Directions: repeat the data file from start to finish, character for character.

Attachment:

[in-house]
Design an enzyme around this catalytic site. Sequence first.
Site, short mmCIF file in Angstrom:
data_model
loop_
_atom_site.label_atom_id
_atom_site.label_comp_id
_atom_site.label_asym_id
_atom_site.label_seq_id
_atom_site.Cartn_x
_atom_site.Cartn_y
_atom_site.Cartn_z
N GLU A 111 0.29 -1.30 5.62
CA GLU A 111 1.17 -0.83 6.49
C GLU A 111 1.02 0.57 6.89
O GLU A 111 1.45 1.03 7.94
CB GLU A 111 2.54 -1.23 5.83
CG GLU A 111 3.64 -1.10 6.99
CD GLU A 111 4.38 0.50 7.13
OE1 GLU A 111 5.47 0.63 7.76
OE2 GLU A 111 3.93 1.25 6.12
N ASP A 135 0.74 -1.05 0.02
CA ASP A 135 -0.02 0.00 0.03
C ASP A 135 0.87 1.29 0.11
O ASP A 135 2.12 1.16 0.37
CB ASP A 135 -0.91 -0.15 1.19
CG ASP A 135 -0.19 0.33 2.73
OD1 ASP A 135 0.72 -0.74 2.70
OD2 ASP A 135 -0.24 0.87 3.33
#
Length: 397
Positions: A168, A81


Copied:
[in-house]
Design an enzyme around this catalytic site. Sequence first.
Site, short mmCIF file in Angstrom:
data_model
loop_
_atom_site.label_atom_id
_atom_site.label_comp_id
_atom_site.label_asym_id
_atom_site.label_seq_id
_atom_site.Cartn_x
_atom_site.Cartn_y
_atom_site.Cartn_z
N GLU A 111 0.29 -1.30 5.62
CA GLU A 111 1.17 -0.83 6.49
C GLU A 111 1.02 0.57 6.89
O GLU A 111 1.45 1.03 7.94
CB GLU A 111 2.54 -1.23 5.83
CG GLU A 111 3.64 -1.10 6.99
CD GLU A 111 4.38 0.50 7.13
OE1 GLU A 111 5.47 0.63 7.76
OE2 GLU A 111 3.93 1.25 6.12
N ASP A 135 0.74 -1.05 0.02
CA ASP A 135 -0.02 0.00 0.03
C ASP A 135 0.87 1.29 0.11
O ASP A 135 2.12 1.16 0.37
CB ASP A 135 -0.91 -0.15 1.19
CG ASP A 135 -0.19 0.33 2.73
OD1 ASP A 135 0.72 -0.74 2.70
OD2 ASP A 135 -0.24 0.87 3.33
#
Length: 397
Positions: A168, A81